Over-realised eschatology thinking
A good reason to write a post like the previous is interestingly found in the claims on the back of a book noted by Nick Norelli recently, Beale's The Erosion of Inerrancy in Evangelicalism: Responding to New Challenges to Biblical Authority. What Beale actually claims remains to be seen when I purchase a copy, but the blurb reads:
'When postmodernism preys upon propositional truth, Christians—and Christian scholars—can be tempted to redefine words like "error," "truth," and "inspiration." But if propositions are no longer secure, what exactly does it mean to say that the Bible is true?'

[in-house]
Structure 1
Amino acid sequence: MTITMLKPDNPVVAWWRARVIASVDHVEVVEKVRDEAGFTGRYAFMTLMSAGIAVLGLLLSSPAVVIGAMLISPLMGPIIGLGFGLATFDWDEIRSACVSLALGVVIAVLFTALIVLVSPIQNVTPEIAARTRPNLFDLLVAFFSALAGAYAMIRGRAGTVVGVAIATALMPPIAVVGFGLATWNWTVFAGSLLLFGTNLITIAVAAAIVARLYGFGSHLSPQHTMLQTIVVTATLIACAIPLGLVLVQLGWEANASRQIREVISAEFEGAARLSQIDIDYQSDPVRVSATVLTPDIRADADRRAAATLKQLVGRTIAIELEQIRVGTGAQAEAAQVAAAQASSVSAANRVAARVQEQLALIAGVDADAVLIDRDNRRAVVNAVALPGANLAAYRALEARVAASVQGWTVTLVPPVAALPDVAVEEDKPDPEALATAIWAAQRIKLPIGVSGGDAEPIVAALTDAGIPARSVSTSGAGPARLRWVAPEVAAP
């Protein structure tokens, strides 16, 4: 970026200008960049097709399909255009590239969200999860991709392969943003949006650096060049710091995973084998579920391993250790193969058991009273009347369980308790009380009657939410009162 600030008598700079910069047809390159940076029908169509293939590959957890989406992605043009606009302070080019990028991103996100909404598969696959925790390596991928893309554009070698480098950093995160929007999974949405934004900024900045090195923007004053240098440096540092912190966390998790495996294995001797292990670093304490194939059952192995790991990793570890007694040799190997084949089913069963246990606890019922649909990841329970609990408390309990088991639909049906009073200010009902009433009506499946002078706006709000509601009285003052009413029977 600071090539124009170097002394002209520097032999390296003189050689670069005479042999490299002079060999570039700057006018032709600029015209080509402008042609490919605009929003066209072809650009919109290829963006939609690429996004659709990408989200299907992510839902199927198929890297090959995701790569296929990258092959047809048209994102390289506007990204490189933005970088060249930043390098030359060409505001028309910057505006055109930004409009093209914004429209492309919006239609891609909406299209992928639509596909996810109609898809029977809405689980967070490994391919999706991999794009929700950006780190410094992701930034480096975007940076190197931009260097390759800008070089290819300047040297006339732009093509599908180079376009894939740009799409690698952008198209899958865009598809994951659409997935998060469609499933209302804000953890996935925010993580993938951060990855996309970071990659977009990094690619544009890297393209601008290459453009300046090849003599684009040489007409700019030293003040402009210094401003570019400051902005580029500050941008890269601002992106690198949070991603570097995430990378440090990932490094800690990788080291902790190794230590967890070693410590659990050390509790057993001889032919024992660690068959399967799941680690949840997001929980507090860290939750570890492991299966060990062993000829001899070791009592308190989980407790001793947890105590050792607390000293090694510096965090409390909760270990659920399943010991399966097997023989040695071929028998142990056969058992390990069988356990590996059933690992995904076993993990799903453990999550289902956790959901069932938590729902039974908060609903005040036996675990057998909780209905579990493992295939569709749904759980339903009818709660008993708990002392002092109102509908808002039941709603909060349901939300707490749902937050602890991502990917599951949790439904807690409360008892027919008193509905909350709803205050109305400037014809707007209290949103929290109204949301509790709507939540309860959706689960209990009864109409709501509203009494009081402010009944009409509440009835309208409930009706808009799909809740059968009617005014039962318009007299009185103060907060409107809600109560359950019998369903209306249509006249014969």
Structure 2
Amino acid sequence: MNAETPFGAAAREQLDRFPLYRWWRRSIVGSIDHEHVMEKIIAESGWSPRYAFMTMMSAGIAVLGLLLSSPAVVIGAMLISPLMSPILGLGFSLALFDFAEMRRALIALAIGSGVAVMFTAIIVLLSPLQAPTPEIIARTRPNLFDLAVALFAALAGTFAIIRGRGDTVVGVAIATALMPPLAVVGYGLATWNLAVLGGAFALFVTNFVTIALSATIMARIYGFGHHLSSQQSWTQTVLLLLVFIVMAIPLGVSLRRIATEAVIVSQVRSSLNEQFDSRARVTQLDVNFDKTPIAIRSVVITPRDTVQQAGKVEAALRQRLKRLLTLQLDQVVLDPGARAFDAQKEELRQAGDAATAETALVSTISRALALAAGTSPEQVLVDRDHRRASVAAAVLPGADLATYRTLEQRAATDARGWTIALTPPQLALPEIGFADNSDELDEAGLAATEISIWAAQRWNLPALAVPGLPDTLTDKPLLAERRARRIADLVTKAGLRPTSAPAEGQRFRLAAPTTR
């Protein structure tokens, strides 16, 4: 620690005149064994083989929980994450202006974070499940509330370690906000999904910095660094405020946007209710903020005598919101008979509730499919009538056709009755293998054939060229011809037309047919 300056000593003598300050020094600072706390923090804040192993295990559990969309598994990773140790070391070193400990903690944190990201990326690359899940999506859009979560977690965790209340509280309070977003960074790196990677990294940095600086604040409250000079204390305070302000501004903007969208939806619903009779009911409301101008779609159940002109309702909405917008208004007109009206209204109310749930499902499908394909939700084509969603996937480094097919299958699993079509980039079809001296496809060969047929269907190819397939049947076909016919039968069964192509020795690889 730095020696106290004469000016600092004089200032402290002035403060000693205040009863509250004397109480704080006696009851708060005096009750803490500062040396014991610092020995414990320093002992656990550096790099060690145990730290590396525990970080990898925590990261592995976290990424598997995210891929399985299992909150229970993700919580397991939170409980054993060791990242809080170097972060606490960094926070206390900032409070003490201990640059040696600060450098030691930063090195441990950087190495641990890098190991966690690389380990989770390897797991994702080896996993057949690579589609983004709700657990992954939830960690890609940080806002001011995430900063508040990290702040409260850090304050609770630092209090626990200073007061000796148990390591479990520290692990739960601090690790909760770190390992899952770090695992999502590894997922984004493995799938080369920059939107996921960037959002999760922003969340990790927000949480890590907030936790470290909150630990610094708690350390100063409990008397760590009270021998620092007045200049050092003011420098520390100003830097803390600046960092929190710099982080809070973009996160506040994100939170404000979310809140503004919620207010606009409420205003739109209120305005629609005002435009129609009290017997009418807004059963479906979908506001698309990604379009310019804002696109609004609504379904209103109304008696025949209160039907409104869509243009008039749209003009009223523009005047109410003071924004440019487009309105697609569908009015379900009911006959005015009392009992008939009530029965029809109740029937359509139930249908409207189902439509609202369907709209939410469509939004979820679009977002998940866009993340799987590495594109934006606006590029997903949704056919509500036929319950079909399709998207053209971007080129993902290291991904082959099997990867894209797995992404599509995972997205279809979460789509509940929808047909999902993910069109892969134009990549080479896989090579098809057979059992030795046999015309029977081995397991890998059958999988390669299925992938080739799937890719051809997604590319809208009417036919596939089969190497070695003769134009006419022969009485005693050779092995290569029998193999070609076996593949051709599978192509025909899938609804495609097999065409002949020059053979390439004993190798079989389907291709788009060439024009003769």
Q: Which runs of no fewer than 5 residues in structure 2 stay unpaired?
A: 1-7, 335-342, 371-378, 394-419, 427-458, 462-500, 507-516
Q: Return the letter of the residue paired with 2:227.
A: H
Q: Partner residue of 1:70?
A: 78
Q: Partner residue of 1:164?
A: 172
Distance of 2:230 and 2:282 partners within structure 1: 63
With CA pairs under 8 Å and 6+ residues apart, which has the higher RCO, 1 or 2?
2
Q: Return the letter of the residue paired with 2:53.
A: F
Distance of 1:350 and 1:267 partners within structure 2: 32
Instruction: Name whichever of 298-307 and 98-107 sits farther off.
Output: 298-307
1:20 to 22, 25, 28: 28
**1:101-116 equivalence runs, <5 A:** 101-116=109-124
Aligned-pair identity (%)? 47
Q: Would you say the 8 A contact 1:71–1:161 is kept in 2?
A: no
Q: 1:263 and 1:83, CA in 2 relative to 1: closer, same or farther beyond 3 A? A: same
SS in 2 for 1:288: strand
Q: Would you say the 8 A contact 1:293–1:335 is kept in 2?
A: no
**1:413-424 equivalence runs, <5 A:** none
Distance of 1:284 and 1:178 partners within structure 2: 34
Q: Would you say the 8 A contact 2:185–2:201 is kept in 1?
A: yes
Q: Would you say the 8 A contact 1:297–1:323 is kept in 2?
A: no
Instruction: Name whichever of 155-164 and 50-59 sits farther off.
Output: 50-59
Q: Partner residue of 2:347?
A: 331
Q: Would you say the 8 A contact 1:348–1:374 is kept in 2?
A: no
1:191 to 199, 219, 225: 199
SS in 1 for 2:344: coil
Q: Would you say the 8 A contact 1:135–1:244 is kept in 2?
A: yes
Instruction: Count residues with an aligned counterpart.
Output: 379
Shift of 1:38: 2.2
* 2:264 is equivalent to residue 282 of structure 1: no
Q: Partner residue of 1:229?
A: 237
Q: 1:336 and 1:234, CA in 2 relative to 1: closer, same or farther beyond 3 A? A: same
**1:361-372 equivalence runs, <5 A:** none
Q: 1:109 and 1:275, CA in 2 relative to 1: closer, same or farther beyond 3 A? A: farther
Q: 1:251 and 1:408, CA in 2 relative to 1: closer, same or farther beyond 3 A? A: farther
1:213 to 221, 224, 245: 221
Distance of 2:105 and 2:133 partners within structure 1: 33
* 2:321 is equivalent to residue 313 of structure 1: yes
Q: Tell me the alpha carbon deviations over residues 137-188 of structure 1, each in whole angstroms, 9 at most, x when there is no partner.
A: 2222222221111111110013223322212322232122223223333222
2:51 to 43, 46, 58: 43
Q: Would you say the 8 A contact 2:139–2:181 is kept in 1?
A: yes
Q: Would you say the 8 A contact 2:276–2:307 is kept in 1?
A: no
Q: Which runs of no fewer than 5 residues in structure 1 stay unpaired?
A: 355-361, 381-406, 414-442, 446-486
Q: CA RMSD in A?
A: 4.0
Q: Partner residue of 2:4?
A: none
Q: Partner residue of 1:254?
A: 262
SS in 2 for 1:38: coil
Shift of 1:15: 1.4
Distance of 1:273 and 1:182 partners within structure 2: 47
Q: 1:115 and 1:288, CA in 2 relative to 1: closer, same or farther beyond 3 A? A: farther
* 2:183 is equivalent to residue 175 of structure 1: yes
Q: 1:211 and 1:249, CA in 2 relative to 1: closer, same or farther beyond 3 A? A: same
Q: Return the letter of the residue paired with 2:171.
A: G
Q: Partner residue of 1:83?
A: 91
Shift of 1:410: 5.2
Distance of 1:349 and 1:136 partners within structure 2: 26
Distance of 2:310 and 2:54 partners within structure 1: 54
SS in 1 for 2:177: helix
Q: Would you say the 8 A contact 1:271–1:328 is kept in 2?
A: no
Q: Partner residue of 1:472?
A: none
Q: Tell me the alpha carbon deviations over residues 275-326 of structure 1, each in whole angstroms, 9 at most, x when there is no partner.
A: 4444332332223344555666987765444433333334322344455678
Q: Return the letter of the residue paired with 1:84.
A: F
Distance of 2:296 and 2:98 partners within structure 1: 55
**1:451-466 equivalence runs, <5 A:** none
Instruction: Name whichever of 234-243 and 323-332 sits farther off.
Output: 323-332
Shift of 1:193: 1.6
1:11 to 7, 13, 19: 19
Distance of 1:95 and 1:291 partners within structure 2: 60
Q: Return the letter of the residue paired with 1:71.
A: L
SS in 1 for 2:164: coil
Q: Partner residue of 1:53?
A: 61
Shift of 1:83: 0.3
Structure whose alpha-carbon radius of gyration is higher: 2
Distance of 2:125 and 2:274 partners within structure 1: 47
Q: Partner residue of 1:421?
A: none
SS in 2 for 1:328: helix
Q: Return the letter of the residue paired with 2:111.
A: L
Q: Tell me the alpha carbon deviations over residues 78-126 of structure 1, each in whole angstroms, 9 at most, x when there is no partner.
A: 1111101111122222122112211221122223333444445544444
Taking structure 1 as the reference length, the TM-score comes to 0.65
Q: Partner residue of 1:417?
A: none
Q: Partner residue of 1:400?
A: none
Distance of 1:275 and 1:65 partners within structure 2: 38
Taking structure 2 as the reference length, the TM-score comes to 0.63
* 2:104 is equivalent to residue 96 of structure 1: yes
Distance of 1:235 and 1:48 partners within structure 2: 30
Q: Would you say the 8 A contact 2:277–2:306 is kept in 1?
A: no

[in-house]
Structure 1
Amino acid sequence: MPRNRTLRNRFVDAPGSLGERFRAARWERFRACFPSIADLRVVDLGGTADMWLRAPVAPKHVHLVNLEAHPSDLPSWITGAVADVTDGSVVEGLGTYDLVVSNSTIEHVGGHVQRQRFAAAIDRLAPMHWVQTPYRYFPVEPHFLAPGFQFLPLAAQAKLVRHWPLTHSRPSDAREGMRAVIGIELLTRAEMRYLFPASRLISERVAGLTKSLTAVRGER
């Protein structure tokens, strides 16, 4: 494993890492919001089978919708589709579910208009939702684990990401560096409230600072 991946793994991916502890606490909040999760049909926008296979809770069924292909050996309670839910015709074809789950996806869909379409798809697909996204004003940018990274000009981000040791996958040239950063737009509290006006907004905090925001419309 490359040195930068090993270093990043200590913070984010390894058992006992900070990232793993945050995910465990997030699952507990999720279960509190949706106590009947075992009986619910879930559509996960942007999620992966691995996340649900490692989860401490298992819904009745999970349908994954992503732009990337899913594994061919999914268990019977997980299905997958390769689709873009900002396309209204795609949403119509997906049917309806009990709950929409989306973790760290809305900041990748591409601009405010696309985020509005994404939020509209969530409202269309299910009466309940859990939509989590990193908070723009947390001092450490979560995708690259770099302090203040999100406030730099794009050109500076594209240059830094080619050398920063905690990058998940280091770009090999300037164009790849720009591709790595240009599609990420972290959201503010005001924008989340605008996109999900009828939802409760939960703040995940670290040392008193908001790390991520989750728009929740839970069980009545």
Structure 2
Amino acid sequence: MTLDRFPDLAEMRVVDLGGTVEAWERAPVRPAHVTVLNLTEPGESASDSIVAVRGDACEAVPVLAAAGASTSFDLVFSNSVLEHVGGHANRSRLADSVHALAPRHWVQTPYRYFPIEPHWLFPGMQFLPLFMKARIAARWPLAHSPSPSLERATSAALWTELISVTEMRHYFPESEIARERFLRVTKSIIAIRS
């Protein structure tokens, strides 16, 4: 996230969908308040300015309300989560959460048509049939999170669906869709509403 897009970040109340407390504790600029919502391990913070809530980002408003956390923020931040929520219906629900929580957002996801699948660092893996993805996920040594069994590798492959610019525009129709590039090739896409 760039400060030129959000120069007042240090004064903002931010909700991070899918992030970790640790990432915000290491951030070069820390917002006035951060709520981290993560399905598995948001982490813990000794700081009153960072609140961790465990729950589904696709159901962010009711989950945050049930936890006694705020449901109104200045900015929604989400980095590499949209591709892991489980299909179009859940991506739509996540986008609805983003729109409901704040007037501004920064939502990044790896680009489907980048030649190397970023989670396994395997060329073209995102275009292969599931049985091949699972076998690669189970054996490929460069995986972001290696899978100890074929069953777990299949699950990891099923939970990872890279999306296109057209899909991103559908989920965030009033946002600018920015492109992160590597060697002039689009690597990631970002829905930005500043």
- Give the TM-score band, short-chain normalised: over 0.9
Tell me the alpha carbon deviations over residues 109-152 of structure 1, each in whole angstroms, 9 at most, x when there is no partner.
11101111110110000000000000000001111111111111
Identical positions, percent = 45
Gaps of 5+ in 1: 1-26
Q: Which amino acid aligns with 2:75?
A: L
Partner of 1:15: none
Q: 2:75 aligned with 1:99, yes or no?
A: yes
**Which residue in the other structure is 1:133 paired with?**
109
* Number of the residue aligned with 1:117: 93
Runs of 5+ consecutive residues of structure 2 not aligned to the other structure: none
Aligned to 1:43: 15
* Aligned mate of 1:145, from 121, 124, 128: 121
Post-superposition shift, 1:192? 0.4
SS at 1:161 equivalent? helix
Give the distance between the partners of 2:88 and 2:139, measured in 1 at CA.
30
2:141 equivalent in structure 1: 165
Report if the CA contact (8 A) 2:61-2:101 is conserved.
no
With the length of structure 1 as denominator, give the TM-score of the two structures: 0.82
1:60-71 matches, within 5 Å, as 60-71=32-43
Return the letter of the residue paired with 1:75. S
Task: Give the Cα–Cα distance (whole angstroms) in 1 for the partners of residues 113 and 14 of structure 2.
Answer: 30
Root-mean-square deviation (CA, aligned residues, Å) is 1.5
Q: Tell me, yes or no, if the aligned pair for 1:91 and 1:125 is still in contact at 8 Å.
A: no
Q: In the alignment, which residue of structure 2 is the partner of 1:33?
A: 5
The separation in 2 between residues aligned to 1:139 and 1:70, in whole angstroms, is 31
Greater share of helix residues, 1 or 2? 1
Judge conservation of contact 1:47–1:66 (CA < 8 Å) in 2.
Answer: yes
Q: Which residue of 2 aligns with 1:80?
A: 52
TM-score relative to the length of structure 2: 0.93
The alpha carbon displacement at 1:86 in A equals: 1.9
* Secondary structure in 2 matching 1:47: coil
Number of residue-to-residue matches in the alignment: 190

It goes on to speak of 'leading postmodernist, Peter Enns'! All of this sounds quite silly, and it reminds me how important it is to actually read the bible before being taken hook, line and sinker by such notions as 'secure propositions'. In fact, this strikes me as the symptom of an (albeit understandable) yearning for the eschaton, but framed like this ultimately leads to over-realised eschatological grasp of reality. I suggest a meditative think on the proposition found in Psalm 66:4!